Friday, January 7, 2011

Choose-Your-Own-Illustrator! or Don't. No, Really, Don't.

I'm wondering about the order of events editors go through when acquiring a picture book manuscript. Do they talk to illustrators before they acquire the text?
Very occasionally.
Is identifying possible illustrators part of the acquisitions package they present to the powers that be, or does all of that come after the manuscript is acquired?
Sometimes.
What do editors think about as they try to make a good match between the text and pictures?
Audience, first. This might be a consideration along the lines of 'this manuscript is going to appeal to baby shower gift-givers, so the art had better be soft and sweet' or 'nobody knows who this author is, so let's get someone with a name to illustrate.'

Then you think about the stand-out qualities of the manuscript and try to find good visual translations for them. Some texts have a lot of leeway in the way they're interpreted by the artist--they could be a match for a number of different art styles. But a historical topic probably won't be a good match for a very modern artist. A book about watching the incremental changes in nature will support lovely but static art, whereas a book about dance asks for art that is dynamic and has a sense of drama. As many different kinds of manuscripts as there are, there are that many different ways for art to partner text.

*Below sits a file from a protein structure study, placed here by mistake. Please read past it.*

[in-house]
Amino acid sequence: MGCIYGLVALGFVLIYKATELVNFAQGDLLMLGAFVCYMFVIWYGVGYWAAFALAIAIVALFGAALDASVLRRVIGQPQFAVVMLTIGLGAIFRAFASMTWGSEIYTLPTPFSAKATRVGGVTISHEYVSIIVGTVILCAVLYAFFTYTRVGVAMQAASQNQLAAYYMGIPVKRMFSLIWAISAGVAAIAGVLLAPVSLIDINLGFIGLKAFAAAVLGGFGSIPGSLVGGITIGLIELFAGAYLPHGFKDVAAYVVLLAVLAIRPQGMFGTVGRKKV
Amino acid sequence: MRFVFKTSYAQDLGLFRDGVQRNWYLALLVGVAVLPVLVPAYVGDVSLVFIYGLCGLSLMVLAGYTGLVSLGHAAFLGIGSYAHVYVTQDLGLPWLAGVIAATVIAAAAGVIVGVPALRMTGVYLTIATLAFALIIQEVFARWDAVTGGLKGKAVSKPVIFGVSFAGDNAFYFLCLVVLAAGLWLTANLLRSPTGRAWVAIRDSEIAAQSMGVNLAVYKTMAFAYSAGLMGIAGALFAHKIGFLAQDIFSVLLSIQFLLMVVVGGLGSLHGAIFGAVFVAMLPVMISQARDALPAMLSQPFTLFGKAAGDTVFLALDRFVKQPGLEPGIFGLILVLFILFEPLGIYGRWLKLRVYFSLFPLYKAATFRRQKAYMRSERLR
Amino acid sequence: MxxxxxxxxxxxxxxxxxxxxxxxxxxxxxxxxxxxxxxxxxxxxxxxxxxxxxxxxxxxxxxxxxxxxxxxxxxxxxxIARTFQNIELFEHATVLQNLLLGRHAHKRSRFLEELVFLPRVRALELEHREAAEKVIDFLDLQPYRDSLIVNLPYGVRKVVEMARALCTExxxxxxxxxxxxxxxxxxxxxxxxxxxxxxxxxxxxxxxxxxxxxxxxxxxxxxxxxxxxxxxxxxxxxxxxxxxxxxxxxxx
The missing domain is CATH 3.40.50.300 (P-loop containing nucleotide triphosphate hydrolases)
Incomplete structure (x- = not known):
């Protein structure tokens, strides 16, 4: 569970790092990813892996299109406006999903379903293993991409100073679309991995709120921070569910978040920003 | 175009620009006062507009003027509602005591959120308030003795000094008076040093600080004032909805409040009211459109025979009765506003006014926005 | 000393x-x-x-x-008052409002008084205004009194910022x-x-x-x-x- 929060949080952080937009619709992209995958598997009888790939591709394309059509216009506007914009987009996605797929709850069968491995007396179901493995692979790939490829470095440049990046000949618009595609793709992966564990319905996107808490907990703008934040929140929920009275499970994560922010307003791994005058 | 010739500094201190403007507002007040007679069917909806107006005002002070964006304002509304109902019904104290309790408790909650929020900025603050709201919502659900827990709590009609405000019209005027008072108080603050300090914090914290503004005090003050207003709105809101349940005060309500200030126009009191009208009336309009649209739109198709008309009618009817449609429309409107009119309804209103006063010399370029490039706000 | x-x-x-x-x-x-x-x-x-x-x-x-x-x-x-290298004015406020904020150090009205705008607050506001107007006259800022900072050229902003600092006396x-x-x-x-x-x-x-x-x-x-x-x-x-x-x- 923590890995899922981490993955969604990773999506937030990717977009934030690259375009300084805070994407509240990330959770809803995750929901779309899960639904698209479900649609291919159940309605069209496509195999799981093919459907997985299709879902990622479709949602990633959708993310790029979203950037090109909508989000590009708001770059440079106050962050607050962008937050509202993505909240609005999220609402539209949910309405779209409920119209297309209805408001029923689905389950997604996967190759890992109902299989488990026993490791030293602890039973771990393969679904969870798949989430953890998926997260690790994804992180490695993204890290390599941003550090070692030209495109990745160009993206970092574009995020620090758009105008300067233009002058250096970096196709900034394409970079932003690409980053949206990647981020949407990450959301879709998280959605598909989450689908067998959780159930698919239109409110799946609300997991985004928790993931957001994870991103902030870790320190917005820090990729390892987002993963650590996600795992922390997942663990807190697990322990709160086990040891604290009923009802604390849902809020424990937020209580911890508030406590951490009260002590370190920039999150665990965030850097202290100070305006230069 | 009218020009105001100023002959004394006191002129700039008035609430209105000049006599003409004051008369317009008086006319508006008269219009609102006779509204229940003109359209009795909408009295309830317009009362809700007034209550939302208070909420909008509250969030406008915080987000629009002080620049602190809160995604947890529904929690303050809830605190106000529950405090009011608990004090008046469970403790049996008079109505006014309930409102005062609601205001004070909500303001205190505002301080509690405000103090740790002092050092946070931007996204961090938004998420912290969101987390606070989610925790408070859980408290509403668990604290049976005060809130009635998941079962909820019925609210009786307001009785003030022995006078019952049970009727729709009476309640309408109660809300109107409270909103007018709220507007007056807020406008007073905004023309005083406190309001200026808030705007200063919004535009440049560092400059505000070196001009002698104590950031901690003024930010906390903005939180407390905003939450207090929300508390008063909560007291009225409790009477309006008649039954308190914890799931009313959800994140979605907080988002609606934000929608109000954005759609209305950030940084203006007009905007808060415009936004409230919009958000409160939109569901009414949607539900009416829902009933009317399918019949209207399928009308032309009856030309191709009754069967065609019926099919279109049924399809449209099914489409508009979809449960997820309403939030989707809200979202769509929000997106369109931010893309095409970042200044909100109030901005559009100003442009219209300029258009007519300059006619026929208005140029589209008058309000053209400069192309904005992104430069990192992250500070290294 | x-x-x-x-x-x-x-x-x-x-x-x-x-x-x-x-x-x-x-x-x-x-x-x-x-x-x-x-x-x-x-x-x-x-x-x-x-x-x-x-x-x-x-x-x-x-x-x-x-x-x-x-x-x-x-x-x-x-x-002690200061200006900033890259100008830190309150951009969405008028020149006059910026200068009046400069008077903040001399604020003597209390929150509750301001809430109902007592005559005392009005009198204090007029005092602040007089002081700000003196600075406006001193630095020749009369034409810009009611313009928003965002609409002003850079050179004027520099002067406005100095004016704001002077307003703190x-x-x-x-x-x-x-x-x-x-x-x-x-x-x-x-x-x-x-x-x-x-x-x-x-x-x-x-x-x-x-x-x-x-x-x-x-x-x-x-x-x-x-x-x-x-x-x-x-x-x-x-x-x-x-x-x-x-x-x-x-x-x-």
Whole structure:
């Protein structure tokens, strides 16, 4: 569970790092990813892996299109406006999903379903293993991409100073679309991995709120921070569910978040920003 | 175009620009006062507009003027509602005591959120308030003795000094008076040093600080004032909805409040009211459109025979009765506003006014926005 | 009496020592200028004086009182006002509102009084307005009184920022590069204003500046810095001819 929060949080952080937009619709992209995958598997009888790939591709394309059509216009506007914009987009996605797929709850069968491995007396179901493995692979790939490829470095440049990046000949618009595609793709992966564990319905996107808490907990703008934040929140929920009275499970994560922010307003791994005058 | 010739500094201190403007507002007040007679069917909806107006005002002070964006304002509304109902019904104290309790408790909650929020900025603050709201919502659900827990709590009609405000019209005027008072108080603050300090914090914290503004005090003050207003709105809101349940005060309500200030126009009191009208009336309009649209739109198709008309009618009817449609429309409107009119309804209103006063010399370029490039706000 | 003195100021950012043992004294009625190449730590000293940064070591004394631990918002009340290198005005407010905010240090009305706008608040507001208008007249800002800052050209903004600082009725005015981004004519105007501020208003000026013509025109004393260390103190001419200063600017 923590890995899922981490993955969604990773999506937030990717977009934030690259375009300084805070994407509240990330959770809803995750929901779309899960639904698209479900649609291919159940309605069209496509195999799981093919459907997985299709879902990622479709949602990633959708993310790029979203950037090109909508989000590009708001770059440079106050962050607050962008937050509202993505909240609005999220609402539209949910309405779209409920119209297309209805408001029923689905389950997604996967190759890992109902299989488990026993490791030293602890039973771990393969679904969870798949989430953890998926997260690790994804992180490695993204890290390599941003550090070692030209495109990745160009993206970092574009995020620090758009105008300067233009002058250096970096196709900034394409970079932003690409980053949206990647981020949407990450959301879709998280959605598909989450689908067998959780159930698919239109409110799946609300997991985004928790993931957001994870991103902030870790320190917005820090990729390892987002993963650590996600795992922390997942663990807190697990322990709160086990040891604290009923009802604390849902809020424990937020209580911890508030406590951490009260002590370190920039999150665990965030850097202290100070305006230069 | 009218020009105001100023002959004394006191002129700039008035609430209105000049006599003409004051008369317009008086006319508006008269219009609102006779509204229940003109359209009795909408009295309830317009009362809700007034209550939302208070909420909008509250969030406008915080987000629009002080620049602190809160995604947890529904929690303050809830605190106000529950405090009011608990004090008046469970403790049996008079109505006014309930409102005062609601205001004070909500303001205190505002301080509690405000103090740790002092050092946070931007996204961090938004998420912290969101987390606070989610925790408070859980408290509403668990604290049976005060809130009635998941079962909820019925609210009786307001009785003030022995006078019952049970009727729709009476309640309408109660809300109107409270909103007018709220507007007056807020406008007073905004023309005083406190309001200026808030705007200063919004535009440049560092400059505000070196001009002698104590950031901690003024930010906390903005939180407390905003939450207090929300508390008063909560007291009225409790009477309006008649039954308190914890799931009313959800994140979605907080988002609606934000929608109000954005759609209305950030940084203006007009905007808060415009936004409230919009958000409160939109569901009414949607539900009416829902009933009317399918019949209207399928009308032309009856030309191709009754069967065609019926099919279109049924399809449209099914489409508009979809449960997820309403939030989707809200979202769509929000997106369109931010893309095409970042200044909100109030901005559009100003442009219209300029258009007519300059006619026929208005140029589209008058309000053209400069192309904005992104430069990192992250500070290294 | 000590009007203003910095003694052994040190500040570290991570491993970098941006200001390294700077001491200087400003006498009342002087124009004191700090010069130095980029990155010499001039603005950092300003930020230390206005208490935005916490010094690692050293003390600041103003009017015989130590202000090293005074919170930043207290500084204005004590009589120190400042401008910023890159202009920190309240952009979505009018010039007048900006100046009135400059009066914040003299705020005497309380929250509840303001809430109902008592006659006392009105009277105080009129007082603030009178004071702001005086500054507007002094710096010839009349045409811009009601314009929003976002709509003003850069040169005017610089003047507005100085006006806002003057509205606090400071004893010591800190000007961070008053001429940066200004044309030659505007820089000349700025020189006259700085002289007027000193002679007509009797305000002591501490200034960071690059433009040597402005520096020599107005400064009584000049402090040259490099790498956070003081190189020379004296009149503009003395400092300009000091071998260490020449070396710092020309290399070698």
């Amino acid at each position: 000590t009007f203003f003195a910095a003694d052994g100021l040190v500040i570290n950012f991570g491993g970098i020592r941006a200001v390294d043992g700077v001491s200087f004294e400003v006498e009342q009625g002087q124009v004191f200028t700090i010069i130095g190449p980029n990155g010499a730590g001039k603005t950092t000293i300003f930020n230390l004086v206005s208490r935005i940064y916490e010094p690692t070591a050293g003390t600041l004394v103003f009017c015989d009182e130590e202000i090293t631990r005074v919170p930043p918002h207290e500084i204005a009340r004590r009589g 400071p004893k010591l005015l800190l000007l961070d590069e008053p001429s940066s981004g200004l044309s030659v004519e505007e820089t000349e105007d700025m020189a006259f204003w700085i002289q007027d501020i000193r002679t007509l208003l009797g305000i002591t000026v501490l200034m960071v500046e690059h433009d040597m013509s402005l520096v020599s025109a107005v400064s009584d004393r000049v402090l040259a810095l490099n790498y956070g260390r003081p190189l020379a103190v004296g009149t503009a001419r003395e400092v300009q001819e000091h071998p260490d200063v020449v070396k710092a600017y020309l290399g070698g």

Do they consult with the art director?
Depends on the editor and the house.
How do they approach illustrators? Do they show them the manuscript and ask for an few sketches before committing?
Mostly we just show them the manuscript. We can tell from the artist's online portfolio that they could do a fine job. If we happen not to be sure, we may ask artists for a sample piece, for a small fee.
It seems like an exciting, yet really difficult process to come up with the perfect combination. But maybe that is why you guys are the editors, and why the writer, in general, should just stay out of the way.
Without putting too fine a point on it, yeah. If you go to a publishing house that does its design work well, then you're going to people who have more experience than you do in determining what the strongest parts of your manuscript are, how to articulate those qualities, and how to find the artists who will make those qualities stronger still--who will make the book shine.